Sunday Post 165: A Second Chance to Live

I was at a conference last week in San Antonio. It was for YMCA staff and volunteers who raise money as part of their job. We do a lot of that – most Y’s use the support to help kids in need attend Y camp and tutor programs.

This year, we had a keynote speaker who really made me do some thinking. Her name is Amanda Lindhout, and she if the Founder of the Global Enrichment Foundation. Unfortunately, she landed in a position of remarkable philanthropy not because of something good. No, she was actually kidnapped when in Somalia to photograph a refugee camp. She was held by teenage terrorists for over 400 days in horrible conditions while enduring significant torture.

Her Canadian parents worked for a year to raise the $1.5 M ransom to free their daughter. She finally returned home – but not as the person who had left 14 months prior.

I suppose in this situation, most people would have holed up, filled with anger and fear. Amanda didn’t do that. Instead, she realized she could be bitter and resentful or, she could look at life another way. She spent countless hours thinking about her captors. She came to the conclusion that their actions were driven out of desperation – out of a lack of hope and opportunity in a country that is bombarded with war.

Her response was to start anew. So, she started a foundation that would support the people of Somalia, bringing them food, education, and hope. Instead of hatred, she found hope and love.

On my trip I also heard of another woman who had lost her husband many years ago. Her children are grown. She has nothing left. She is alone.  She is still struggling with sadness and questions.

What gives some the strength to move forward while others are unable to put their life back together after trauma?

It’s Easter. Whether you believe Jesus is the Son of God and died for our sins or whether you don’t, there has to be a lesson in the story shared throughout the New Testament. Jesus was hung on a cross and killed, and his sacrifice, his horrific death, brought about peace and hope for people for centuries.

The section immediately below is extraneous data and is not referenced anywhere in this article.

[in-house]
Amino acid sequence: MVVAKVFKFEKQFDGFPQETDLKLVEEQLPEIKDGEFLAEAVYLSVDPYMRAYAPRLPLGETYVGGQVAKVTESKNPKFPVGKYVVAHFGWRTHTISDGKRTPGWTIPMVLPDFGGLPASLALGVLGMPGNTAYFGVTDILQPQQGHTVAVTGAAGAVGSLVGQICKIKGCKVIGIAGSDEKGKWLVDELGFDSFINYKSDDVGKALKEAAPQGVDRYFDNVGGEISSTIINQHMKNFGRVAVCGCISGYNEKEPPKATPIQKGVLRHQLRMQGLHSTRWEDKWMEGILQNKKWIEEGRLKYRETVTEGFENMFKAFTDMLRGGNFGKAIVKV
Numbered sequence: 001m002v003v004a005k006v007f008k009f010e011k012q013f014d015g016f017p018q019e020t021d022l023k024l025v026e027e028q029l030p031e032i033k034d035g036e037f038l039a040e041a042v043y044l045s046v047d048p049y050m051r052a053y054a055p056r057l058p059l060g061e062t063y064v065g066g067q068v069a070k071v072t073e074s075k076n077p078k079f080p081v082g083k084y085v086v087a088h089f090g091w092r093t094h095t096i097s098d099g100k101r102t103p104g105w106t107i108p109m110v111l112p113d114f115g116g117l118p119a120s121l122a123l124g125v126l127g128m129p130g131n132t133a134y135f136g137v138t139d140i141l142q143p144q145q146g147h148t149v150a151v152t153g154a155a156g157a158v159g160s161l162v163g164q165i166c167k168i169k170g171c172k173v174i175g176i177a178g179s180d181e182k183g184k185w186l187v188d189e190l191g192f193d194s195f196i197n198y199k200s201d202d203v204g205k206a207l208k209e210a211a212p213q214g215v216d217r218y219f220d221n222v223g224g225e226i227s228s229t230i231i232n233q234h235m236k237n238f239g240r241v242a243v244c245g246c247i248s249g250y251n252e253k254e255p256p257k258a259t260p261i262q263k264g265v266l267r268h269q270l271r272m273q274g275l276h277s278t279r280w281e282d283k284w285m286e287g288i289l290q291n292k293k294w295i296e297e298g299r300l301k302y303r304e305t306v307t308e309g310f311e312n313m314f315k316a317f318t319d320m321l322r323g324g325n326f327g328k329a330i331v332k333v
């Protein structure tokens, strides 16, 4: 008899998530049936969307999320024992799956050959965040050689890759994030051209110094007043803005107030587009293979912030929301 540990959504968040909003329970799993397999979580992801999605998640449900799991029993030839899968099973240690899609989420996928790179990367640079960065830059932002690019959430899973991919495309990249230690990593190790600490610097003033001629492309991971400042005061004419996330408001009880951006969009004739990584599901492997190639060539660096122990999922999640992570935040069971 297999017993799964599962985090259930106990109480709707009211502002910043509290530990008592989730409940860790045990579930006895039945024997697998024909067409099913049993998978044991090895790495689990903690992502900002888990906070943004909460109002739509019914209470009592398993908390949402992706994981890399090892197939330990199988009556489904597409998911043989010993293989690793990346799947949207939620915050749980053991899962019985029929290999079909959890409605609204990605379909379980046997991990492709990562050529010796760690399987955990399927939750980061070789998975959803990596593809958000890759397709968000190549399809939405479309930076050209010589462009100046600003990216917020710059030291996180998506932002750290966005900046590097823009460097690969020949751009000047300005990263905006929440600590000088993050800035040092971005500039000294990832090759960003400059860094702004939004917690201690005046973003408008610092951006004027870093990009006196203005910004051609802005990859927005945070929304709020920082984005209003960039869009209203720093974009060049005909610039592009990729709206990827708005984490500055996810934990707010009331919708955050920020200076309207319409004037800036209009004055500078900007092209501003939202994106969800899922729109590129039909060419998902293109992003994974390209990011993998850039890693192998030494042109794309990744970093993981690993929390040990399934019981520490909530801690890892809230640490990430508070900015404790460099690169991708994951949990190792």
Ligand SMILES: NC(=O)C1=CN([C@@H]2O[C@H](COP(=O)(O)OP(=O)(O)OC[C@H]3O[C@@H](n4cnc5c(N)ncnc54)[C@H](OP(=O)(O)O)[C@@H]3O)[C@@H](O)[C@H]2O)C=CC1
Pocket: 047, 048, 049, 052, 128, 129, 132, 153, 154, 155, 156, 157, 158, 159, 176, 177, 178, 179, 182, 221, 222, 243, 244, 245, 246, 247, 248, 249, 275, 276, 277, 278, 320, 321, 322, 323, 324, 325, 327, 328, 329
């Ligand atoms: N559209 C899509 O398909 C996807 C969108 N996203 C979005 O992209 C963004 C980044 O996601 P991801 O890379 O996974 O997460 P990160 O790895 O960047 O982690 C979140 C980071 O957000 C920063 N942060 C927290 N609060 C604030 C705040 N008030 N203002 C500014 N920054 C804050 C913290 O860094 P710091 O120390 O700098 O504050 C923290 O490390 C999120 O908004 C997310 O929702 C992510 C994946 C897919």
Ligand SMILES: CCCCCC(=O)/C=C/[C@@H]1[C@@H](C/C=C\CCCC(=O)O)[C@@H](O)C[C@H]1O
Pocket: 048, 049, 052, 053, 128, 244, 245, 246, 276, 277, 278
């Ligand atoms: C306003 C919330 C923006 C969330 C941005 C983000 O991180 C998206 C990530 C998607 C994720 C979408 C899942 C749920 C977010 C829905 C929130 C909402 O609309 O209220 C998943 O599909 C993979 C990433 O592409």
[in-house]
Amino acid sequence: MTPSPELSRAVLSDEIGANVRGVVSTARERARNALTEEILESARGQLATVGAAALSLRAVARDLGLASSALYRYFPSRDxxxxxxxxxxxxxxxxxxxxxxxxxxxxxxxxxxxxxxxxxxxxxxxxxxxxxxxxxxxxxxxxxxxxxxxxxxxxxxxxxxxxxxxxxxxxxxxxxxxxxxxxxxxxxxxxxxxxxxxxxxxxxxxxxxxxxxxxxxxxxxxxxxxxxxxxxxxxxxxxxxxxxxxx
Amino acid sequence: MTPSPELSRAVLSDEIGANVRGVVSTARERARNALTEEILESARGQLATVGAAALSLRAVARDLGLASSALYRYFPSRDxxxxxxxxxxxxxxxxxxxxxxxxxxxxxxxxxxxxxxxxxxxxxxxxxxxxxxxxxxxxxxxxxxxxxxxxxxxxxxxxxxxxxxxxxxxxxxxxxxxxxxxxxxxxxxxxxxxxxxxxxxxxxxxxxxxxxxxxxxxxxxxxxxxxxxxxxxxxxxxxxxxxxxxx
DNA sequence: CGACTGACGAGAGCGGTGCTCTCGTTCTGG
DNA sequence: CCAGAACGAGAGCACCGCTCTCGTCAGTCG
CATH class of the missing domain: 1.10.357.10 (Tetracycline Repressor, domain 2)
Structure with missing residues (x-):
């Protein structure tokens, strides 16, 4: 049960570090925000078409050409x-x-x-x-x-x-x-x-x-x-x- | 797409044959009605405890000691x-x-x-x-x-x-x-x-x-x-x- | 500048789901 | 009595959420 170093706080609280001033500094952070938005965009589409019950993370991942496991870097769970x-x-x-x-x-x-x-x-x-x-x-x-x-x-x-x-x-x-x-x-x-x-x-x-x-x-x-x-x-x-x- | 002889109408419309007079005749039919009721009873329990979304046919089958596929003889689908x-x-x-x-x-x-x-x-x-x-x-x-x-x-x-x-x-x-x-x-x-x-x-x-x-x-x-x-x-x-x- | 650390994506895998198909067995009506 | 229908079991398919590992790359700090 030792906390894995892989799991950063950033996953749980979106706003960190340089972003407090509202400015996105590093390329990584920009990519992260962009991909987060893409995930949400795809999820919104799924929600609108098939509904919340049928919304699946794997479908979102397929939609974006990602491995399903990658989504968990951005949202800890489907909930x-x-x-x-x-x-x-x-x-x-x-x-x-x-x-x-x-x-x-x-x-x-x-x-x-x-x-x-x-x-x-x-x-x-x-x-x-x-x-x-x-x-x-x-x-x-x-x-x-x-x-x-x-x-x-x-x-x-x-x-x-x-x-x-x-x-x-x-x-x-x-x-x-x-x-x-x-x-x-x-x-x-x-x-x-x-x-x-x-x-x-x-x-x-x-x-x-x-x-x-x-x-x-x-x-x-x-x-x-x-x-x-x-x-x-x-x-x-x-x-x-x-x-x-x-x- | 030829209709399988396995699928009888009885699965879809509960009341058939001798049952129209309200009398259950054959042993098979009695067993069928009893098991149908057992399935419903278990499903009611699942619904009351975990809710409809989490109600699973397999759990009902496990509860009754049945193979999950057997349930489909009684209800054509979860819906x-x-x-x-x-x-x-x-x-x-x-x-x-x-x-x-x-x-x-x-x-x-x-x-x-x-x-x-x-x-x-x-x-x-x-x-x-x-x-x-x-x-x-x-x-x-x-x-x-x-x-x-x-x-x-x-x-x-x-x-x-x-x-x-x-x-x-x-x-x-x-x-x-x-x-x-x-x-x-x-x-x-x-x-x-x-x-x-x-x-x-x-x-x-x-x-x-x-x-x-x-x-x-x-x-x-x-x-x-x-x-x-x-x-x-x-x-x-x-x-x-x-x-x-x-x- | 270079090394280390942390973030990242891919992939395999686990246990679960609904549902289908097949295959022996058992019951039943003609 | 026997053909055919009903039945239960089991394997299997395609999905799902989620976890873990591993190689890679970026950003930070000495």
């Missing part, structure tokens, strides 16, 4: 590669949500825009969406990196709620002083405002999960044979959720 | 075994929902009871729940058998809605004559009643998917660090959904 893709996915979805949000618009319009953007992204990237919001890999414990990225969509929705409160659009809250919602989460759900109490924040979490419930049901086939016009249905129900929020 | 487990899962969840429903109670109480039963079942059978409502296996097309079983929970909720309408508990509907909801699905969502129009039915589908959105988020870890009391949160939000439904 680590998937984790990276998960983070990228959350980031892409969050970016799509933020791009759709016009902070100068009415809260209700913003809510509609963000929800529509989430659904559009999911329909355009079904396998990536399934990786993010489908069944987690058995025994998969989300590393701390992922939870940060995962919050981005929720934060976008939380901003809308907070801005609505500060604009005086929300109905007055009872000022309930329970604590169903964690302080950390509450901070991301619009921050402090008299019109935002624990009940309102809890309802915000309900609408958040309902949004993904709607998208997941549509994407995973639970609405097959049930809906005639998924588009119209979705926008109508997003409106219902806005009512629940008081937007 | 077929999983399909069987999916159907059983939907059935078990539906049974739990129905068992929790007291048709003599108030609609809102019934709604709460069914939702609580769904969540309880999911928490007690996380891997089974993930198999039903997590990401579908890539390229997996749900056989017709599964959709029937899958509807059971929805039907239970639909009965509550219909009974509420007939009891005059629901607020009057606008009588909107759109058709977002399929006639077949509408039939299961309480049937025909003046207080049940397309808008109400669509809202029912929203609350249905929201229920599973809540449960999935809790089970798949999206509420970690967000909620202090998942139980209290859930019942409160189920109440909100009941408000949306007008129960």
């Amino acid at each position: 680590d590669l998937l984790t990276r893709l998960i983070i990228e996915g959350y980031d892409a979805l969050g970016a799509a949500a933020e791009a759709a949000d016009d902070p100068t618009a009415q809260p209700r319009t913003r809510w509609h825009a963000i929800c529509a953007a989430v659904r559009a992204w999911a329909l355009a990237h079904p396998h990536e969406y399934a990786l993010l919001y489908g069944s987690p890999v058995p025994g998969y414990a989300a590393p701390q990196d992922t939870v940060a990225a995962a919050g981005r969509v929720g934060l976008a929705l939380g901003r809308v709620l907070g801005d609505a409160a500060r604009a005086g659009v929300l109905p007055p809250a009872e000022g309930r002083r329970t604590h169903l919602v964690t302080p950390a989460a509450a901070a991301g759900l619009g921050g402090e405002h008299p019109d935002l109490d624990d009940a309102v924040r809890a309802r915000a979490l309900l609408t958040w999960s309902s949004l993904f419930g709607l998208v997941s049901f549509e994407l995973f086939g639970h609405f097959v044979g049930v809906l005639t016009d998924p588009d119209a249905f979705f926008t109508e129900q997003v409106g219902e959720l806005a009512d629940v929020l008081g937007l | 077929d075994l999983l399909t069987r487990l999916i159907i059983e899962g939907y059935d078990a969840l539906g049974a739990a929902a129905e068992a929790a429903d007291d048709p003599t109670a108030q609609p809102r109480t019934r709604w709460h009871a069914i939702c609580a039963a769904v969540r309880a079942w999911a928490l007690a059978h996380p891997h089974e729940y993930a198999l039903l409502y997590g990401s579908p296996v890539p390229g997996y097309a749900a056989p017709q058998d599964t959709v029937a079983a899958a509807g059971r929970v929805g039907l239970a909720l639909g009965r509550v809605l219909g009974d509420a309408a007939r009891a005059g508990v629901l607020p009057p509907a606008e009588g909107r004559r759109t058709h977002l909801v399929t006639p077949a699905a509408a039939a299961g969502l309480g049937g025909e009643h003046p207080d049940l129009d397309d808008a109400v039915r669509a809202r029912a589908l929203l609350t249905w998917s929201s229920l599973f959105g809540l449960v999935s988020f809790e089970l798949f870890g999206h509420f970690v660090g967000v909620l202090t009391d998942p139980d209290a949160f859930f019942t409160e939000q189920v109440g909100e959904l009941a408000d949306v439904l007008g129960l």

Whether the Son of God or the victim of violence – whether suffering extreme personal loss or the fear of death, we ultimately all have two ways to respond. We can crawl under a rock and quit. Or, we can get help and work toward a new beginning – one that perhaps does more good than our first one.

Sunday Post 128: My New Muslim Friends

Tonight several elders from my church were invited to spend the evening with a Turkish Muslim community.  WOW!

I’m so ignorant of other religions.  I’m so unexposed to others who are different from me.

This particular faith community strives to invite outsiders into their family to talk.  They share their beliefs, they share their struggles and, they share their food!

I think what struck me the most about this group was their explanation of Ramadan.  Before tonight, I couldn’t have told you the difference between Ramadan and the Ramada Inn.  I assumed it was about fasting, but it is so much more than that.  Fasting from sun up to sun down is representative of so many things:

  • It builds an appreciation for all that we take for granted – our food and clean water for starters
  • The 30 day period is a time to work to cleanse yourself, not only fasting but working on fixing the other things in life that you participate in that you shouldn’t – like gossiping or using foul language
  • It is also a time of service.  This Muslim community uses Ramadan to do for others… Beautiful!

If I were walking around with a grumbling belly, it’s doubtful I’d be thinking about what I could do for someone else.  I’d be concentrating on what time the sun was going down.

This community stops five times a day to pray.  Now, often I pray throughout the day when it strikes me.  But I can’t imagine the discipline it must take to stop what you’re doing, get down on your knees and go through a conscious process to put God first FIVE times a day.  And by the way, they also have personal conversations with God in between the five officials.

I don’t necessarily believe everything I heard tonight, but there seemed to be many more commonalities than differences in what we believe.

What if we took more time to invite folks of other faiths into our own churches?  Not to change their mind, but to foster understanding.  What if we spent less time criticising other religions and more time learning about them?  What if one of my best friends, one that I ate dinner with on a regular basis, was Muslim?  Think that might help with world peace?

Less judging, more understanding.

One of the guys said that they didn’t believe in working to change other people’s minds about their beliefs.  Instead, he said that they worked to show their faith through their actions.  Their hope is that others will see God through them.  No preaching necessary.

I’d rather see a sermon than to hear one any day.

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